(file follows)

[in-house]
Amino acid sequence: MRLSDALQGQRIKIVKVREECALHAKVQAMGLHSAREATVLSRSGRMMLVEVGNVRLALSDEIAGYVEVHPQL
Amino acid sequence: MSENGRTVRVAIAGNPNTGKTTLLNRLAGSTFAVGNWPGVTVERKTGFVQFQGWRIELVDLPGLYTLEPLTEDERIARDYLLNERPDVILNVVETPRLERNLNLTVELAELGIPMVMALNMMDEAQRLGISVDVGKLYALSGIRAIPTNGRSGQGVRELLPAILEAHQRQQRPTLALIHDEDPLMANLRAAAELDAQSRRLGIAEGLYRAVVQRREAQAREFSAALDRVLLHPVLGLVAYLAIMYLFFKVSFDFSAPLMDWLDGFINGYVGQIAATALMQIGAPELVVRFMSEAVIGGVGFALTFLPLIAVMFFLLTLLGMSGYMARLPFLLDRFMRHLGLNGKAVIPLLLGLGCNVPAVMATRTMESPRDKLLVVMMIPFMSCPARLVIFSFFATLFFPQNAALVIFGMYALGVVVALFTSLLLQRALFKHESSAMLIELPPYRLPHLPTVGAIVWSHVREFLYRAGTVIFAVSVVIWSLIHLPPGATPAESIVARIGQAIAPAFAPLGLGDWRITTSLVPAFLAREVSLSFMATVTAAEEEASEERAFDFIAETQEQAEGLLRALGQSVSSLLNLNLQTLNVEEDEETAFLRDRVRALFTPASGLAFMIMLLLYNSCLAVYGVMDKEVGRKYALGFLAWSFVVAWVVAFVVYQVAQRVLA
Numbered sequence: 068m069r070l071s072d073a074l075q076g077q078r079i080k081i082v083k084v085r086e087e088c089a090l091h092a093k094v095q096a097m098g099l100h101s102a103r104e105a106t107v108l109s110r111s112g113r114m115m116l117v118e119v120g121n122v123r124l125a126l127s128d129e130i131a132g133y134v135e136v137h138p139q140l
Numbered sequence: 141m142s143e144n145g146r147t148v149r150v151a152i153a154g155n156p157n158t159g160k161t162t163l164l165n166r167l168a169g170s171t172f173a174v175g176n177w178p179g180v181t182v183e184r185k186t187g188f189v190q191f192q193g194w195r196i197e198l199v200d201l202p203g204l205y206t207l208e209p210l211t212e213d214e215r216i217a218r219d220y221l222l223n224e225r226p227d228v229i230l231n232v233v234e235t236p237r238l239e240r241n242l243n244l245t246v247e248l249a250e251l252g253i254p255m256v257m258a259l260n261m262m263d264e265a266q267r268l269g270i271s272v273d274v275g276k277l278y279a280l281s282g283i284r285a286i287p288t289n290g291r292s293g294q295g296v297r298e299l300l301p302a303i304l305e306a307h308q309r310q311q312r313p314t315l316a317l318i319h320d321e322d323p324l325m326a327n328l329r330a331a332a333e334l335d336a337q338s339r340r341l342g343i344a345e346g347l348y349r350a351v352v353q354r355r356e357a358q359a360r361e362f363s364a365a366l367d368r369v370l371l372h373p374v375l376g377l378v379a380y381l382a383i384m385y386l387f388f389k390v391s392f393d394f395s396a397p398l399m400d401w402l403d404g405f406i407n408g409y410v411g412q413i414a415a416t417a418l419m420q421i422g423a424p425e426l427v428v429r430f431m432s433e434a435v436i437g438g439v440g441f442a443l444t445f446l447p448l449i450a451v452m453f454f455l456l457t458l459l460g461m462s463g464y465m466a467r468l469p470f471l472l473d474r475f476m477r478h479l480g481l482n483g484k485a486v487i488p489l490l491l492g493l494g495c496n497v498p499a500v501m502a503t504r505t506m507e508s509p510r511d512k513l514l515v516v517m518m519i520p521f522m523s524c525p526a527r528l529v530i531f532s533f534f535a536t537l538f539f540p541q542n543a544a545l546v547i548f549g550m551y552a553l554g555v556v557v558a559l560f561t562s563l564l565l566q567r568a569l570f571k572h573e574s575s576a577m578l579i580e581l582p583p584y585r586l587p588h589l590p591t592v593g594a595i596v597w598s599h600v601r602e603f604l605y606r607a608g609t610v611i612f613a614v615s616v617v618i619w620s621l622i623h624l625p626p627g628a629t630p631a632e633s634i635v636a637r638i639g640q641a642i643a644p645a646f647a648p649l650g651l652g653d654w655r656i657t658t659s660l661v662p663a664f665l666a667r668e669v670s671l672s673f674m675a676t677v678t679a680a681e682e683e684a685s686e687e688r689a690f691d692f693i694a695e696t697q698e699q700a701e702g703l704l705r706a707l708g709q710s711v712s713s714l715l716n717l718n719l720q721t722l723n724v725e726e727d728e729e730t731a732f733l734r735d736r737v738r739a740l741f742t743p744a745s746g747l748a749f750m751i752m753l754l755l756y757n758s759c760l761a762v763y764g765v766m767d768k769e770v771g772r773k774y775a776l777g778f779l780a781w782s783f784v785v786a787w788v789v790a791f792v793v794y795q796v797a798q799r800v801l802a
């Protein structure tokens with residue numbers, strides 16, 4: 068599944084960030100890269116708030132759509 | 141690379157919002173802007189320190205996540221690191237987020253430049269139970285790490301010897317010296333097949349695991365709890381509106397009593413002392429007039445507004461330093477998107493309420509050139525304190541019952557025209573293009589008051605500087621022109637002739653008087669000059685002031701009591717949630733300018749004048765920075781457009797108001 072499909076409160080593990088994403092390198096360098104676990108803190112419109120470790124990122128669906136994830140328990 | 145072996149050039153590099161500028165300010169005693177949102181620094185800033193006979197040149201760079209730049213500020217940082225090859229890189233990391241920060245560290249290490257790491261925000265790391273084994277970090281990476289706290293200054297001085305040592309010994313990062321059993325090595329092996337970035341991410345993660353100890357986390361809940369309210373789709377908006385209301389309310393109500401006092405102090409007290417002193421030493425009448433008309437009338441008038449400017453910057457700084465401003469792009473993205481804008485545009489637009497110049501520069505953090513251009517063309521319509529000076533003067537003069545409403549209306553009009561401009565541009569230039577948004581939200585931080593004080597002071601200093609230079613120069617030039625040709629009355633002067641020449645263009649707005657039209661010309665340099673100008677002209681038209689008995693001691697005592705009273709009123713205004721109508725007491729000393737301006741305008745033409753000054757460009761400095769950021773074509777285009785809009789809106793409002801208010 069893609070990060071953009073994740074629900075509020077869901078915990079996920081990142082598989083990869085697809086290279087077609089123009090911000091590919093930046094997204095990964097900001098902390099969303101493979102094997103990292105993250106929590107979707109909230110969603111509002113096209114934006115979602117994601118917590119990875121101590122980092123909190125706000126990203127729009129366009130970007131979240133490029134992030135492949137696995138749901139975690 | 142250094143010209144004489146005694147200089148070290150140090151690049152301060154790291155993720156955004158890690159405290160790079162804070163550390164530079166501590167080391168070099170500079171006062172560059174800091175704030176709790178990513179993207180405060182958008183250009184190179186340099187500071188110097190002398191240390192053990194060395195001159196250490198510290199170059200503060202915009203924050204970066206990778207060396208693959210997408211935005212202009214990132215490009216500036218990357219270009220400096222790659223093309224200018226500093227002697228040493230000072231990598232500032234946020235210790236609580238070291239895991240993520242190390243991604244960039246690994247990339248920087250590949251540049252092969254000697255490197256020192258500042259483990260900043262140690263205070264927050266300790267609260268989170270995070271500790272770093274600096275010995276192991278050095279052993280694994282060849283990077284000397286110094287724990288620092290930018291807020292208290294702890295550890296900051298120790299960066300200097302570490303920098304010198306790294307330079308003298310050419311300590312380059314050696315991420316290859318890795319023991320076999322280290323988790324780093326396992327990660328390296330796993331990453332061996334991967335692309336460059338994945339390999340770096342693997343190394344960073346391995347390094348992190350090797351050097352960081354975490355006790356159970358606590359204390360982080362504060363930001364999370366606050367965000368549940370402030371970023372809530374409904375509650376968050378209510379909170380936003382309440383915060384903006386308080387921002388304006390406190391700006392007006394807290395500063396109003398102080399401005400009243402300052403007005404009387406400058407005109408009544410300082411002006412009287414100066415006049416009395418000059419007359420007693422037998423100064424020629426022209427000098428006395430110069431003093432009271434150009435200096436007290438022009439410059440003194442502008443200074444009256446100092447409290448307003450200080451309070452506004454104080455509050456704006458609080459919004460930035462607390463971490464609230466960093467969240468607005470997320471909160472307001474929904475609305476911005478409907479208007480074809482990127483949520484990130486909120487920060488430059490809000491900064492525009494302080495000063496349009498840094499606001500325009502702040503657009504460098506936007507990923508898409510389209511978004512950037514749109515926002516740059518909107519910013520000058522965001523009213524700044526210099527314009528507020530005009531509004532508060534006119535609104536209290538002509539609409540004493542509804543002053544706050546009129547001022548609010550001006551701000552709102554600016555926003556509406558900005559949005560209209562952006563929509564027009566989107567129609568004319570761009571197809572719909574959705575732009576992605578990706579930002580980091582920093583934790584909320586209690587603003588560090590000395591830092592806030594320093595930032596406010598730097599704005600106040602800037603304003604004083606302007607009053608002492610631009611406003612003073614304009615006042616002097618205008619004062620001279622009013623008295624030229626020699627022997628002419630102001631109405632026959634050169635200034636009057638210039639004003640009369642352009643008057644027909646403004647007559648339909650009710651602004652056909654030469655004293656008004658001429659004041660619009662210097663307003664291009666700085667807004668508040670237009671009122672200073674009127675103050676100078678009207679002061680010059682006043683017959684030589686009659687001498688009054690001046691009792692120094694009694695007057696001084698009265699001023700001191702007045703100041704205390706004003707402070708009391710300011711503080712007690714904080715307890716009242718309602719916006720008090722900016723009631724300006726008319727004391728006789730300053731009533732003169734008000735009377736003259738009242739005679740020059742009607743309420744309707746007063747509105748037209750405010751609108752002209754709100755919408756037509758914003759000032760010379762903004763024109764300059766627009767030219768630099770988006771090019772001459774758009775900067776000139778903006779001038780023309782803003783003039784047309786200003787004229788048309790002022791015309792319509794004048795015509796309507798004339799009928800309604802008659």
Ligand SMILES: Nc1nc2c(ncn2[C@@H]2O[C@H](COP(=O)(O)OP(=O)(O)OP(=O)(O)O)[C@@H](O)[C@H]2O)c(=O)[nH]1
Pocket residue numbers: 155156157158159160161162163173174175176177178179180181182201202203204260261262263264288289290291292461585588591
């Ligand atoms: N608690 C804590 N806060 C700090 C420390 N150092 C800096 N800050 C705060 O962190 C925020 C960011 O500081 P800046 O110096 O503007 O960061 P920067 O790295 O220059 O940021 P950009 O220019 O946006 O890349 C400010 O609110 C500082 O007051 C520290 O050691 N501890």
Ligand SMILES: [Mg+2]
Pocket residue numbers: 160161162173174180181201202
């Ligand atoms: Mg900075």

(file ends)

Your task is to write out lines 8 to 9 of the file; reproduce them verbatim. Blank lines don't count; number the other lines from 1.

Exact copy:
Pocket residue numbers: 155156157158159160161162163173174175176177178179180181182201202203204260261262263264288289290291292461585588591
């Ligand atoms: N608690 C804590 N806060 C700090 C420390 N150092 C800096 N800050 C705060 O962190 C925020 C960011 O500081 P800046 O110096 O503007 O960061 P920067 O790295 O220059 O940021 P950009 O220019 O946006 O890349 C400010 O609110 C500082 O007051 C520290 O050691 N501890």